Some weaknesses are the opposite of your strengths. For example, if your product isn't unique or has a lot of competition in the market, that could be a weakness.

Other weaknesses include being short of resources or in-house skills, or having a poor brand image. When assessing weaknesses in a SWOT analysis, you'll think about where you fall short in terms of product, processes or placement in the market.

What Is a SWOT Analysis For? Assessing Opportunities

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You can also discover opportunities through a SWOT analysis. (Image source: Envato Elements)

O stands for opportunities, which are the chances you've got to improve your market position or outdo your competition. Opportunities generally give you options for improving brand perception and profitability, among other things.

Opportunities may be out of your control. Examples of this you might note in a SWOT analysis include changing market conditions, new competitors, improved technology, new rules and regulations, new trends and so on.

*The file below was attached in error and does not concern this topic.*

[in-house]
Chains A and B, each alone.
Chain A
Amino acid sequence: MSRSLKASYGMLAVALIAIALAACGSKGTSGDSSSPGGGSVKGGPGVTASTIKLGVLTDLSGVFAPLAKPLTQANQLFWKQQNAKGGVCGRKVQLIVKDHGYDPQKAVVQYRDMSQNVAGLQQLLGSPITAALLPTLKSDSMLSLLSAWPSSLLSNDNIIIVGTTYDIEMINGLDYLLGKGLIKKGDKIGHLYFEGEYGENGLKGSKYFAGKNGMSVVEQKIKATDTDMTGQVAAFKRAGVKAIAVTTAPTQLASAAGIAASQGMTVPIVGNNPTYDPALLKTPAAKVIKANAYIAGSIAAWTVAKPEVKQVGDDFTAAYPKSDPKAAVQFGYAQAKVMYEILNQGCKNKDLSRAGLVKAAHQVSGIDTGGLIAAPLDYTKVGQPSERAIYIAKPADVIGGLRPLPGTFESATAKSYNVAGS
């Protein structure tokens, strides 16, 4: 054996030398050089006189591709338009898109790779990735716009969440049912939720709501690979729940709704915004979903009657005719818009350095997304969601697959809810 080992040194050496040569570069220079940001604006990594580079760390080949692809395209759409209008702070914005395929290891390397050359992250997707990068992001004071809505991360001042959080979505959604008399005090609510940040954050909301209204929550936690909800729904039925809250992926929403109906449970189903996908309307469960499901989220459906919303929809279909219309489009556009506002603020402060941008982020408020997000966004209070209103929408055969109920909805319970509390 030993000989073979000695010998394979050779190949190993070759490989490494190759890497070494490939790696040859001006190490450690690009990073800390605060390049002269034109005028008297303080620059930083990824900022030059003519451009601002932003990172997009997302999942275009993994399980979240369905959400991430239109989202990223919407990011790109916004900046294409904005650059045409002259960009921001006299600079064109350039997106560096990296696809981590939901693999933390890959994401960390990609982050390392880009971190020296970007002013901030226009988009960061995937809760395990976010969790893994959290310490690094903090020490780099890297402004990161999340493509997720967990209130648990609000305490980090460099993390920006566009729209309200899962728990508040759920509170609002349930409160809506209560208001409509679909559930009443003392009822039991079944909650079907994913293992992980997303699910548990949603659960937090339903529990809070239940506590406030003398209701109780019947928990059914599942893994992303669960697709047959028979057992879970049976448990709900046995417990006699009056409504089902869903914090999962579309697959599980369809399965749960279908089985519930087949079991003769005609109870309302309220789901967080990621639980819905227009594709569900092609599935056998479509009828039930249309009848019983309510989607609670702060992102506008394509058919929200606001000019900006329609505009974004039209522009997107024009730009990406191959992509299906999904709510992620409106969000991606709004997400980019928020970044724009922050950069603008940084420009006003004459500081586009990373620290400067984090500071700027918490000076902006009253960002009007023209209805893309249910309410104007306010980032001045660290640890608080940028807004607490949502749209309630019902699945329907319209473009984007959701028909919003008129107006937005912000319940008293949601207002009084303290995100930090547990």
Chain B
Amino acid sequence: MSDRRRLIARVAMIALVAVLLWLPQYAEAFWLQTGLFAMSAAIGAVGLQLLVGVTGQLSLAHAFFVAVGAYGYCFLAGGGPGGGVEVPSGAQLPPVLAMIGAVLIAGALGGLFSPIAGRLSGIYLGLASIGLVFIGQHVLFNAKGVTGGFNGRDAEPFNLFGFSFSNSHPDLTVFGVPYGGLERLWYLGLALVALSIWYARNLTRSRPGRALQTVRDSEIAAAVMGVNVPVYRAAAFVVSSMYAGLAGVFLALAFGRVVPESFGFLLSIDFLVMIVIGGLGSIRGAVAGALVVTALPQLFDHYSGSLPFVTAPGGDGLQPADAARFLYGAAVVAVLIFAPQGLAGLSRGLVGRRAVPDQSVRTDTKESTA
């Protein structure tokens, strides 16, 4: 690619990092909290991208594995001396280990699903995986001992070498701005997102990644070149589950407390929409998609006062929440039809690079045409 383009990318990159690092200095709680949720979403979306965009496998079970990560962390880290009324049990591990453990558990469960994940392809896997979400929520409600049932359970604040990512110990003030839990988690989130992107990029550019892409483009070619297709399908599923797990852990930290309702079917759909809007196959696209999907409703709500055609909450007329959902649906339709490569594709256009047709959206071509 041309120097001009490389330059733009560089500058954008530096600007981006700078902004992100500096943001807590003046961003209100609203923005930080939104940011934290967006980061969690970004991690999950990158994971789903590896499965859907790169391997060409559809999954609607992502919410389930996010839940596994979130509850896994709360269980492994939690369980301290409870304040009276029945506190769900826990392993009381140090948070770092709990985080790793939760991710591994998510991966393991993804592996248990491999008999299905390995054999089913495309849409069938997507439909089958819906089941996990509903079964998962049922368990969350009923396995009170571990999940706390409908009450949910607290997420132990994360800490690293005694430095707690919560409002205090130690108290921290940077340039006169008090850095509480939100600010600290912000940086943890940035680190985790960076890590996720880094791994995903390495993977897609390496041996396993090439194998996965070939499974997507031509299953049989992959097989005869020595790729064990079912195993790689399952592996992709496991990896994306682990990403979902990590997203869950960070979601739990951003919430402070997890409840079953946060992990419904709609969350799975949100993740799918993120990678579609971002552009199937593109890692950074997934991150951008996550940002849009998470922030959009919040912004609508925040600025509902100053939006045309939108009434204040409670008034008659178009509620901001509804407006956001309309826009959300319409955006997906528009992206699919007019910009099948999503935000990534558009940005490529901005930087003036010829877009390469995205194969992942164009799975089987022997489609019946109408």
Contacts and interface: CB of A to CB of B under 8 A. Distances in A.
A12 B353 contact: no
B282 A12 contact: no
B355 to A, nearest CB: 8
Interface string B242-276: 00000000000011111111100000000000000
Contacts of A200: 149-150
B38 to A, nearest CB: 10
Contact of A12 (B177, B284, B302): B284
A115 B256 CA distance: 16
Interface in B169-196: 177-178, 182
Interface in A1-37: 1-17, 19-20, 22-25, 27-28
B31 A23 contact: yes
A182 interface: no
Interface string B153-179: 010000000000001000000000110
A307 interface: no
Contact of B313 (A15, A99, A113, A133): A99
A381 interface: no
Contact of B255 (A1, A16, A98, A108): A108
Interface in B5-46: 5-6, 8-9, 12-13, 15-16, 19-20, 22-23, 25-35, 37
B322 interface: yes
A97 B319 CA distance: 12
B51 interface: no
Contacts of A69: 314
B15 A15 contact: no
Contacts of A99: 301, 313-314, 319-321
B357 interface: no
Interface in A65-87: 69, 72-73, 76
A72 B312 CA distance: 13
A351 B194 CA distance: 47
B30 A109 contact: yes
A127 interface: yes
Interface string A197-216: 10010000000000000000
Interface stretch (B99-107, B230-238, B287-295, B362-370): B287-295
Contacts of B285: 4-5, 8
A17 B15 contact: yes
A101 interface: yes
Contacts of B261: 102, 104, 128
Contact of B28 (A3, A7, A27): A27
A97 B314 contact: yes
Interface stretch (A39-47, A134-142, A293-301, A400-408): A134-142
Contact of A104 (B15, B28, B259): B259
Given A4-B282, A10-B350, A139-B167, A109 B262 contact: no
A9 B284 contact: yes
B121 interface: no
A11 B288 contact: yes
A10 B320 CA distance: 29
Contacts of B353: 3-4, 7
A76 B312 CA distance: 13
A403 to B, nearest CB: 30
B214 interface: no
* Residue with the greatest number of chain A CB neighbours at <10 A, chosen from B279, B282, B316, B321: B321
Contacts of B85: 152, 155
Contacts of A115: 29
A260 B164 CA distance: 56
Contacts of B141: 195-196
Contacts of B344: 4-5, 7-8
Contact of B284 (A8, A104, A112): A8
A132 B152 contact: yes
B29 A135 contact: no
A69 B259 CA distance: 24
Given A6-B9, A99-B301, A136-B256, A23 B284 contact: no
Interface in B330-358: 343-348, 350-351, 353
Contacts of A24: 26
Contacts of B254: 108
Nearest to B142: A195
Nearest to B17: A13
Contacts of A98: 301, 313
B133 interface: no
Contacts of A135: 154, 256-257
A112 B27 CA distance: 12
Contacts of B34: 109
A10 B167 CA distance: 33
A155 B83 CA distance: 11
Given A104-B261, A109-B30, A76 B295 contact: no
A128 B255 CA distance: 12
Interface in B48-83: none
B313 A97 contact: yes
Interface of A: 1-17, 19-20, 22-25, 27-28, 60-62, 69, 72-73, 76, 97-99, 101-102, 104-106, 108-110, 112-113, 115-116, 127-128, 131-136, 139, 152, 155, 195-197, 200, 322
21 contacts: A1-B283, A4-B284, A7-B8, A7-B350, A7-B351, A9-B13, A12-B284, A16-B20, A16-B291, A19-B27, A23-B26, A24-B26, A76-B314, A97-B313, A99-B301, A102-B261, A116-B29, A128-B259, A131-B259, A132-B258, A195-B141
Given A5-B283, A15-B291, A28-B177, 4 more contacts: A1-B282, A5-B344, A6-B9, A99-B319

When doing a SWOT analysis, you'll consider how you can use your strengths to capitalize on opportunities. 

What Is a SWOT Analysis For? Assessing Threats

T is for threats, which are external factors beyond your control that might derail your business. It's a good idea to think about what these might be.

As with opportunities, some of the threats might be to do with:

  • changes in regulations
  • policies
  • technologies
  • the competitive landscape

Think about what those factors are and where your weaknesses might leave your business vulnerable. Consider whether your competitors are doing something that could threaten your business.

For example, when Netflix started sending DVDs to people at home, that was one factor in the demise of Blockbuster. 

What Is a SWOT Analysis Used For? 

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A SWOT analysis can be used as a strategic business planning tool. (Image source: Envato Elements)

As we've seen, in business a SWOT analysis is what you use - or at least one possible tool to use -  to identify internal factors such as strengths and weaknesses and external factors such as opportunities and threats that have the potential to affect your business. It's essentially a strategic business planning tool enabling you to get a quick overview of where your business sits in the market in the short and medium term. It also helps you get a handle on your competitive advantages, so that you can best exploit those to excel in your market.